WindowsDevCenter.com
oreilly.comSafari Books Online.Conferences.

advertisement


AddThis Social Bookmark Button

C# Input/Output Classes Simplified
Pages: 1, 2, 3, 4, 5

The Path Class

The Path class provides properties and methods that you can use to write portable applications, when your applications need to run on more than one operating system. As you may be aware, different operating systems have different directory and file naming conventions. For example, the Windows operating system recognizes the back-slash (\) character as a directory separator. In Unix or Linux, however, the forward slash (/) character is used to separate a directory from a subdirectory. By using the Path class, you can write applications that will run on multiple operating systems without changing your code. For example, the static field DirectorySeparatorChar translates into the directory separator character of the operating system on which the application is run. Therefore, if you need to access a file called flower.gif in a subdirectory named images, you can specify the following string as a relative path to the file:




string path = "images" + Path.DirectorySeparatorChar 
     + "Flower.gif";

The following list give the other static fields.

PathSeparator

Returns a character that is used to separate paths in the current operating system. For Windows, this is the semicolon (;) character.

AltDirectorySeparatorChar

Returns a character which is the alternate directory separator character for the current operating system. In Unix or Linux, this character is the back slash (\). In Windows and Macintosh, this character is the forward slash (/).

InvalidPathChars

Returns an array of characters that cannot be used in a path in the current operating system. For instance, in Windows, you cannot have a filename that contains an asterisk or a question mark. You can use this field to verify the validity of a filename entered by the user.

The Stream Class

The Stream class is an abstract class that is implemented by BufferedStream, FileStream, MemoryStream, NetworkStream, and CryptoStream. The two child classes that are frequently used and will be discussed in this section are FileStream and BufferedStream.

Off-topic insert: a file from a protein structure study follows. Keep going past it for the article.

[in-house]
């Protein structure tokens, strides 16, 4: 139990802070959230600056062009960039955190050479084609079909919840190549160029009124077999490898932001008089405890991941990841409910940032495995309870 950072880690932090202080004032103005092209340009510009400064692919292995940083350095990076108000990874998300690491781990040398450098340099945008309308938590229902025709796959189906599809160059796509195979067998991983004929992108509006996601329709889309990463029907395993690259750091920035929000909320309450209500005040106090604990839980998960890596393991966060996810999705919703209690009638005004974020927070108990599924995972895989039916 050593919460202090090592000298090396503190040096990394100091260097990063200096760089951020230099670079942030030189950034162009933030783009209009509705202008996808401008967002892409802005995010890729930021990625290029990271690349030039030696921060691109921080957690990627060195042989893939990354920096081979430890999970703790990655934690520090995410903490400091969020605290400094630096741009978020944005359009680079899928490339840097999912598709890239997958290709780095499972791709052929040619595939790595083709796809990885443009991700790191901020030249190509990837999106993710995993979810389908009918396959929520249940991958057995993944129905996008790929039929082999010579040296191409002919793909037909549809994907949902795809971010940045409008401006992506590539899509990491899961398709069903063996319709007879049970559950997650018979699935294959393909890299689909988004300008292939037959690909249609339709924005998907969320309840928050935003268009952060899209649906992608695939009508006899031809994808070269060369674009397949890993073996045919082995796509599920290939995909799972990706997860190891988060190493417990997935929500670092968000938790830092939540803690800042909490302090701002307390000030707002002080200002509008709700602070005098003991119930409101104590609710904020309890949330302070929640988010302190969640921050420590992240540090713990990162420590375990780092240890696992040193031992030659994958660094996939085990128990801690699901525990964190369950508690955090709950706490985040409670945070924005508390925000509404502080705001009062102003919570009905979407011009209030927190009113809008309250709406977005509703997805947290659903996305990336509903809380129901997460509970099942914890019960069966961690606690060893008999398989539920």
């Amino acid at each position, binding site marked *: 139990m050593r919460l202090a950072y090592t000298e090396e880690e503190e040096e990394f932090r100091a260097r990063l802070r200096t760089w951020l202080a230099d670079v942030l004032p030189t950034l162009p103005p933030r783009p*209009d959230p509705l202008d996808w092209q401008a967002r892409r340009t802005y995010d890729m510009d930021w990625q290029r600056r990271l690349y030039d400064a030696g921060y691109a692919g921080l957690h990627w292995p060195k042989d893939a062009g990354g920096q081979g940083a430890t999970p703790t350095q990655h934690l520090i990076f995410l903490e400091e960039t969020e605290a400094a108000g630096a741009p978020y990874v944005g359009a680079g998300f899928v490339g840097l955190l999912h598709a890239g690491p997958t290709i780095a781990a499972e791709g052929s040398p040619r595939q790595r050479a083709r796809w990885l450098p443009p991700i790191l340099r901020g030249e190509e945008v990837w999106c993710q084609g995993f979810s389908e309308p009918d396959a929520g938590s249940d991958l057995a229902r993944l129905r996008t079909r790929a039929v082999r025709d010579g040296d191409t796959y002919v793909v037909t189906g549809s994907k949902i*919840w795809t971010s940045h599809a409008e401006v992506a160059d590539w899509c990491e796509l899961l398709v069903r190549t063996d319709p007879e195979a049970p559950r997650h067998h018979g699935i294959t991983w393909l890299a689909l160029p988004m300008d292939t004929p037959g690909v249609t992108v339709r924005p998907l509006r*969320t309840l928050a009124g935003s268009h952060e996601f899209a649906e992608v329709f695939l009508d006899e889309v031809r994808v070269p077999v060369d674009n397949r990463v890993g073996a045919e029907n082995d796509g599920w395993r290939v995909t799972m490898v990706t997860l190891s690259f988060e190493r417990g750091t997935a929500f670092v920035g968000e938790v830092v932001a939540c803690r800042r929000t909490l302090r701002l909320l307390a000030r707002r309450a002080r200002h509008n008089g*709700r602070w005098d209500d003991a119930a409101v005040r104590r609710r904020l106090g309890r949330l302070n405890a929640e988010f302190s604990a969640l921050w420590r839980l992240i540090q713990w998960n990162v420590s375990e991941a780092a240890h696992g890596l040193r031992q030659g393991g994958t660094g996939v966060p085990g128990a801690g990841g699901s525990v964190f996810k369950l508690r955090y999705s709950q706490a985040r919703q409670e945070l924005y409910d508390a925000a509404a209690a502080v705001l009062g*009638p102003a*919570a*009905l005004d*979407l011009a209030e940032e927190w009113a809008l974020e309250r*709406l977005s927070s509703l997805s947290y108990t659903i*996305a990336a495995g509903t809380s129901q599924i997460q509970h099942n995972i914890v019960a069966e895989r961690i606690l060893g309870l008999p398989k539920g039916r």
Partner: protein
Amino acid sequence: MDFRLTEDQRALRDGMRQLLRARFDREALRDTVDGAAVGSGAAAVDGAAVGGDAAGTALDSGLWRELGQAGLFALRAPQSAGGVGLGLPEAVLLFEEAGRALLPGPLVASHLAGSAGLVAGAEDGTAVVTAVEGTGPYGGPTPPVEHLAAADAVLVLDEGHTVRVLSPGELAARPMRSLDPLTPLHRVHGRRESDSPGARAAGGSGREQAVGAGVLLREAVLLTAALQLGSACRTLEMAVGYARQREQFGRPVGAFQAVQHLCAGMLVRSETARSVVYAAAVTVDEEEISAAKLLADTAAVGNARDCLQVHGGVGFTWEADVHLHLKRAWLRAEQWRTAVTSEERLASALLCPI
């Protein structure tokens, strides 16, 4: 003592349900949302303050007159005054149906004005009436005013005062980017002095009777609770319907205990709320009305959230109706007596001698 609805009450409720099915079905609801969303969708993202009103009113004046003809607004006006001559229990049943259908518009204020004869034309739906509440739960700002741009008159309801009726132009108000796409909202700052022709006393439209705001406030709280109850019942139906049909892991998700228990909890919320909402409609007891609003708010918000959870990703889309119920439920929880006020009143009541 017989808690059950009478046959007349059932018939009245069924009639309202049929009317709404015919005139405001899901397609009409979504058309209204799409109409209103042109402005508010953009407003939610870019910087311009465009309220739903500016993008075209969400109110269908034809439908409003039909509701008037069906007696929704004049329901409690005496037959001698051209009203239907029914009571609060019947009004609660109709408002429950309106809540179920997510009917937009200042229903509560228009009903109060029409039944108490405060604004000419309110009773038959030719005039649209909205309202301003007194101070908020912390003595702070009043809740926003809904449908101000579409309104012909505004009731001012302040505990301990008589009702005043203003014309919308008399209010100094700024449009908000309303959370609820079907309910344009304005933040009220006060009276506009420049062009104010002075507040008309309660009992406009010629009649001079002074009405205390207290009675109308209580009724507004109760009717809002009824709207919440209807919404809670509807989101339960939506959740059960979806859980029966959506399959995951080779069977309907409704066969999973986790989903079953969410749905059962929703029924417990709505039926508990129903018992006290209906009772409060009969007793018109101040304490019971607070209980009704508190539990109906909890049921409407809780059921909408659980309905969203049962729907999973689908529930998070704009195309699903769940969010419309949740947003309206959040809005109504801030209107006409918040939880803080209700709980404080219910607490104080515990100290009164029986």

Even though you cannot instantiate a Stream object directly, sometimes you obtain a Stream object from a method, such as the OpenFile method of the System.Windows.Forms.OpenFileDialog class. To improve performance, you might want to wrap the Stream object inside of a BufferedStream object. For more information about the BufferedStream class, see the section "The BufferedStream Class."

The Stream class provides functionality that enables programmers to manipulate a Stream. For example, the Length property returns the number of bytes in the Stream object, and the Position property specifies the position of the pointer in the stream. Three other properties are CanRead, CanWrite, and CanSeek, all of which are self-explanatory. Among others, the Stream class provides methods for reading and writing. When a read or write operation is performed, the position of the Stream is advanced by the number of bytes read or written. The following are some are some of the more important methods of the Stream class.

Close

Closes the Stream object and frees all of the resources it consumes. Even though unused resources will eventually be garbage collected, it is good programming practice to always call this method when you no longer need a Stream object.

Flush

Forces the contents of the buffer to be written to the underlying device. For example, in a FileStream, this method writes the buffer to the file.

Read

Reads available data to an array of bytes. This method returns an Integer that indicates the number of bytes read. If the pointer is at the end of the stream when Read is called, the method will return zero. The method has the following signature:


public abstract int Read(
  in byte[] buffer,
  int offset,
  int count
)

The bytes read will be placed in the buffer. You can specify the maximum number of bytes that can be read in count. If count is greater than the number of available bytes, only the available bytes will be returned. The offset argument specifies the number of bytes that need to be skipped before starting to read. If you specify 0 for offset, the read operation will start from the byte pointed to by the stream pointer.

ReadByte

This method reads one byte and casts it into an integer, which is returned by the method. If the end of the stream has been reached when this method is called, a -1 is returned. The method has no parameters.

Write

This method writes an array of bytes into the stream. It does not return any value, and has the following signature:


public abstract void Write(
  byte[] buffer,
  int offset,
  int count
)

The Write method writes the buffer byte array into the stream. It will write the number of bytes specified by count and skip the offset number of bytes in buffer before starting the write operation. Note that count must not be greater than the number of available bytes in the buffer.

WriteByte

Writes a single byte to the stream. This method accepts a byte as its argument and does not return a value.

Pages: 1, 2, 3, 4, 5

Next Pagearrow